The Role of NS1-BP in Influenza Virus Replication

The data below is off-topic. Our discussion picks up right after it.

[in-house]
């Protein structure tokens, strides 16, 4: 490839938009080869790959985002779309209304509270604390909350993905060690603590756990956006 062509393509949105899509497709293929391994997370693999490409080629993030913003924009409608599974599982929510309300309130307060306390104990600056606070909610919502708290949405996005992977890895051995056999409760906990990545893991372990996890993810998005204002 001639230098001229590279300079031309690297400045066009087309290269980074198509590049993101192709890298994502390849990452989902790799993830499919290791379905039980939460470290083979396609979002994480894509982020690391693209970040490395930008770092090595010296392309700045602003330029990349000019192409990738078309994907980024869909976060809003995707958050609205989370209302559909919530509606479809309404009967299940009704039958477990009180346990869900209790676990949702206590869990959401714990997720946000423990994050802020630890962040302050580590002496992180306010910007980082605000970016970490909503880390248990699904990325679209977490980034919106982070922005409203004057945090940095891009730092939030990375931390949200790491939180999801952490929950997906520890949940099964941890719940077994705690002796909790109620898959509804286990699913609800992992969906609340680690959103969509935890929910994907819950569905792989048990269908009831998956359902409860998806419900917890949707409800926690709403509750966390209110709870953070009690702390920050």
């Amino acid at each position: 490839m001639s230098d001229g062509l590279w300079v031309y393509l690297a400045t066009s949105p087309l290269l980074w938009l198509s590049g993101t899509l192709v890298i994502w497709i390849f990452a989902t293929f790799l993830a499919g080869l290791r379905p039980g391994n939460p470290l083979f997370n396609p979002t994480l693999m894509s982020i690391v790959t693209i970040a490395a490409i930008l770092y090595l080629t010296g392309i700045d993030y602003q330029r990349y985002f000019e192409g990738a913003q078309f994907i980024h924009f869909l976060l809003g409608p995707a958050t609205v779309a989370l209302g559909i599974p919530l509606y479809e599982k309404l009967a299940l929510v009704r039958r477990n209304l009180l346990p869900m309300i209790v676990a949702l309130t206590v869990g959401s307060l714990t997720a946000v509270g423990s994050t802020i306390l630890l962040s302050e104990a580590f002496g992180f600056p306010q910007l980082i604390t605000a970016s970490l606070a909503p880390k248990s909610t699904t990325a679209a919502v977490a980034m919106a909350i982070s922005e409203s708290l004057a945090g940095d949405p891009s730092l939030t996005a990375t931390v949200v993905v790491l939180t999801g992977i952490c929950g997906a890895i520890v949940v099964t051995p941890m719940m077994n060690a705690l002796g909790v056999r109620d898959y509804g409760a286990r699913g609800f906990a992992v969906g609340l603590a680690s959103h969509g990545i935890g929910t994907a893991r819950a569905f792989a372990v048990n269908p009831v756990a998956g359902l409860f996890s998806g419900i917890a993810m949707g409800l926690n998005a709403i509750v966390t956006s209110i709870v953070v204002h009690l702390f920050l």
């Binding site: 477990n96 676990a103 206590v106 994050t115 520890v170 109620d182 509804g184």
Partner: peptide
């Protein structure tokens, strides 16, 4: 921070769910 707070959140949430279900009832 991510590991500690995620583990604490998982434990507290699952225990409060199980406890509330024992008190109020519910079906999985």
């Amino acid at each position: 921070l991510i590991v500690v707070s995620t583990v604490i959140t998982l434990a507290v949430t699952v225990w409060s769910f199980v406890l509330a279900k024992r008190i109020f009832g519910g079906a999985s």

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Influenza A viruses are negative-sense, segmented RNA viruses which cause about 500,000 deaths worldwide per year. Genomic studies have shown that the non-structural protein (NS1) of influenza A virus is a major virulence factor that is essential for pathogenesis. NS1 is a multifunctional protein localized in the nucleus and in the cytoplasm. In the cytoplasm, NS1 inhibits host signaling pathways that result in down-regulation of interferon expression and innate immune response. In the nucleus, NS1 represses host gene expression. I have shown that NS1 binds an mRNA complex containing NXF1/TAP, NXT/p15, Rae1, and E1B-AP5, which are key components of the mRNA export machinery. By targeting this complex, NS1 blocks host mRNA export, and cells become highly permissive to viral replication. Another intranuclear pool of NS1 was found to interact with a host protein termed NS1-BP, which has been suggested to play a role in pre-mRNA splicing. However, the functions and mechanisms of NS1-BP involved in influenza life cycle remain to be elucidated. To investigate the function of NS1-BP, I first identified its binding partners by immunoprecipitation followed by mass spectrometry. I found interactions of NS1-BP with viral polymerase complex and host RNA polymerase II indicating that NS1-BP has a role in regulating viral RNA transcription and replication. I further showed that low levels of NS1-BP led to a decrease in viral polymerase activity resulting in inhibition of virus replication. Thus, I identified NS1-BP as a novel pro-viral factor required for proper replication of influenza virus. Since NS1 is a key contributor to the virulence of influenza viruses, discovering the function of NS1 interacting partners has major implications for antiviral therapy.